stricting snakes, variations in prey size, and repeated encoun-
ters with prey.
Almost a century has passed since Hisaw & Gloyd (1926)
stated that constricting snakes increase the size of the coil in
proportion to prey size. Subsequent work has not addressed
this observation, or has been unable to systematically control
relative prey size (Moon & Mehta, 2007; Penning et al., 2015;
Penning & Dartez, 2016). In contrast to the statement of
Hisaw & Gloyd (1926), kingsnakes used similar coil lengths
on both small and large prey. Previous work has shown that
the number of loops used in a coil (e.g., coil size) may (Moon
& Mehta, 2007) or may not (Penning et al., 2015; Penning &
Dartez, 2016) affect peak constriction performance in a variety
of snakes (mainly pythons). Kingsnakes in both of my experi-
ments showed the same patterns of variation in both coil
length and peak constriction pressure. Constriction events
involving signiﬁcantly shorter coils had signiﬁcantly lower
peak constriction pressures (Figs 1 and 3). For kingsnakes,
using more of the body in a constriction coil results in higher
peak constriction pressure.
When snakes fed on a second large prey item (Experiment
1), they showed decreases in predation performance. Snakes
are likely experiencing fatigue during sequential feeding trials.
However, for Experiment 1, fatigue was likely not the cause of
the reduced performance in snakes feeding on large prey over
two feeding trials. In Experiment 1, the only difference
between feeding trials was prey size. Prey struggling and con-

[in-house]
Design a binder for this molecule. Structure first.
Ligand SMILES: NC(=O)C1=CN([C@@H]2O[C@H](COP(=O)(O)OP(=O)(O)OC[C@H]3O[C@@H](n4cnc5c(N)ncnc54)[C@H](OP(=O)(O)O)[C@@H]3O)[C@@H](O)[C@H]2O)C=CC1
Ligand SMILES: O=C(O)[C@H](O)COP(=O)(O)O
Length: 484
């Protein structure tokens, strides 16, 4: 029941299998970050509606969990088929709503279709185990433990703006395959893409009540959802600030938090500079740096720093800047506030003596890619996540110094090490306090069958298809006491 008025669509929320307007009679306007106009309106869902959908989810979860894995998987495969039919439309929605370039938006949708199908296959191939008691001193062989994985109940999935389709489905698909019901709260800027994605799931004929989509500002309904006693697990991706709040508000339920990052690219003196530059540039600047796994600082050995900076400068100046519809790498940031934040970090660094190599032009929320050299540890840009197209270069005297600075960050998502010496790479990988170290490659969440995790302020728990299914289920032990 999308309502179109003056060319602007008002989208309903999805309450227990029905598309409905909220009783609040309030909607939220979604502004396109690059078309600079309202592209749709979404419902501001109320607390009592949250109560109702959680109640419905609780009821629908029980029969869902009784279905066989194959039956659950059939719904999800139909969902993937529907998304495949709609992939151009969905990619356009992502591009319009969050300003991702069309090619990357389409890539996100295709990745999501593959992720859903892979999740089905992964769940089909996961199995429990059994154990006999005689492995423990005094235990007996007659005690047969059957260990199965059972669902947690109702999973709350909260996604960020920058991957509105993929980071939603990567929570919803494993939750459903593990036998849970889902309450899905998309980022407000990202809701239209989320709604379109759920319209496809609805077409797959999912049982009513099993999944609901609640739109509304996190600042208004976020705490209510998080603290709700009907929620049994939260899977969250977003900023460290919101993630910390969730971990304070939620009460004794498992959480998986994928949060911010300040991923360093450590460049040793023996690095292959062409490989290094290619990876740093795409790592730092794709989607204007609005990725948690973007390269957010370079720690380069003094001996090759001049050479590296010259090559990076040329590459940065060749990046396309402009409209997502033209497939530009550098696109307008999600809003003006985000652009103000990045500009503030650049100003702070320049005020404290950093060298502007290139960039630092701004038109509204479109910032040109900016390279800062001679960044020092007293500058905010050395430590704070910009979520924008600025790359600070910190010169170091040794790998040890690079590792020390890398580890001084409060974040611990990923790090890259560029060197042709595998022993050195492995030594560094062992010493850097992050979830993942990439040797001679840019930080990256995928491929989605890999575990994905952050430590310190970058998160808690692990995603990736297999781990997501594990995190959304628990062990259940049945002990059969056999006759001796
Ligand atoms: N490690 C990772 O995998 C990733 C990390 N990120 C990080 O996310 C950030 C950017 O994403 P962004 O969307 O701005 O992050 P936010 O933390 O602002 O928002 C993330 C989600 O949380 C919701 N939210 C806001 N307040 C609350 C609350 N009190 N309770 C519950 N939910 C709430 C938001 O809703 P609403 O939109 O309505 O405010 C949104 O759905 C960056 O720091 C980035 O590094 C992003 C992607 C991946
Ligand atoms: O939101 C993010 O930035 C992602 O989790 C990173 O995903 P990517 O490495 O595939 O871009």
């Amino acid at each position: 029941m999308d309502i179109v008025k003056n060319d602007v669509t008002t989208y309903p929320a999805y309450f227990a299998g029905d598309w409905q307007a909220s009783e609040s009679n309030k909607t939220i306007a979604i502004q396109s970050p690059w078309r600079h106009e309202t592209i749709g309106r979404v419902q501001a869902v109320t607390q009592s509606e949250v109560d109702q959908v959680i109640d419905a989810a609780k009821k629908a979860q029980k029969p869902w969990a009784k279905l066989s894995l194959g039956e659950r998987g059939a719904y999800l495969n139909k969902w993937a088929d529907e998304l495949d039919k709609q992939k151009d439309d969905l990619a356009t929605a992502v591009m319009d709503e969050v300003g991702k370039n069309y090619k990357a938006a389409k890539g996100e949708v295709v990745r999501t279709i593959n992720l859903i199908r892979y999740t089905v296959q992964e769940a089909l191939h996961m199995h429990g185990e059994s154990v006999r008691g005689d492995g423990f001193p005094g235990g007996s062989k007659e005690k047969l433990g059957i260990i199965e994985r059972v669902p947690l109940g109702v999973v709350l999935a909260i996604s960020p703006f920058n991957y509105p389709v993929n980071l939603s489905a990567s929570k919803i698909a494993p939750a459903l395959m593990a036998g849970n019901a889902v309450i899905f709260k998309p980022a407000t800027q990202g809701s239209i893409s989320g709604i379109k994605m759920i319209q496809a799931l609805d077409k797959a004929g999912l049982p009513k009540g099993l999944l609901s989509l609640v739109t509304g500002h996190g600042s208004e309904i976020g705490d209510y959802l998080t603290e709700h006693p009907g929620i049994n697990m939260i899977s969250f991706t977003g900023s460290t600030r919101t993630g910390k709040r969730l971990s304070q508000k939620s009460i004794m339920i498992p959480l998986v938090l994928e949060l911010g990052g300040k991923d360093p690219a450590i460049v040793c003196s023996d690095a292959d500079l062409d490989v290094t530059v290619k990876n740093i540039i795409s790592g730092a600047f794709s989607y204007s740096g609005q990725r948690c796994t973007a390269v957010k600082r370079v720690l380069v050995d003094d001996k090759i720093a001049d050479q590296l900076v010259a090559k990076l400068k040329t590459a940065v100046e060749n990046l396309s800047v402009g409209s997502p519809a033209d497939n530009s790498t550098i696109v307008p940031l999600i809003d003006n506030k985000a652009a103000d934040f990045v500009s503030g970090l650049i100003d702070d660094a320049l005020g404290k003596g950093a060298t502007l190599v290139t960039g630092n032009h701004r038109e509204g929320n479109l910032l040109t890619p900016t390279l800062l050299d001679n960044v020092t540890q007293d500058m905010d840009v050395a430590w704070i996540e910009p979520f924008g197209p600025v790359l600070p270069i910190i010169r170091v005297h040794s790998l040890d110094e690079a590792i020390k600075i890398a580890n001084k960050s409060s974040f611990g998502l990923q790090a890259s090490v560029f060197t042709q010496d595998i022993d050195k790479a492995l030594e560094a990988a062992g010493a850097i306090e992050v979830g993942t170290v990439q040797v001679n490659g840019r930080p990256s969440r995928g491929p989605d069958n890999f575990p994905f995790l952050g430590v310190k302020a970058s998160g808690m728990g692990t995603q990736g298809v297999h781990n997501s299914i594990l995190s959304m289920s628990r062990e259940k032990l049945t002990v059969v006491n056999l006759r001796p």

striction duration were constant across trials (because snakes
only constricted as long as the prey continued to struggle). If
fatigue from constriction behavior was playing a role in Exper-
iment 1, it should have affected snakes feeding on small and
large prey similarly. In Experiment 1, the only reduction in
maximum constriction pressure came from snakes using shorter
coils (the second large prey trial). When coils remained similar
in length, constriction pressures were similar (both small prey
trials), suggesting that fatigue did not contribute signiﬁcantly
to the reduction in constriction pressures used during the sec-
ond, large prey trial. However, to better assess the potential
importance of fatigue, future experiments should vary the rest-
ing length between meals and account for the potential differ-
ences in energy required to ingest prey of different sizes.
Snakes in Experiment 2 constricted ﬁve sequential prey
items and showed a steady decrease in constriction perfor-
mance across trials. However, based on my experimental
design, I am unable to separate the effects of fatigue from
sequential feeding trials. Future experiments could test for the
effects of fatigue by implanting prey within each snake’s stom-
ach and test for a reduction in performance without the snakes
having to exert any energy prior to the feeding event of inter-
est. Those results could then be compared to the data presented
Reductions in mobility likely played an important role in
snakes with reduced constriction performance. The previously
ingested prey may physically constrain axial ﬂexion, coil
length, and peak constriction pressure. Prey are somewhat
compliant and malleable, but their presence within a snake’s
stomach probably makes movement more difﬁcult. In most
cases, the constriction coil stopped where a prey bulge was
visible (Fig. 2) and sequentially adding new prey to the stom-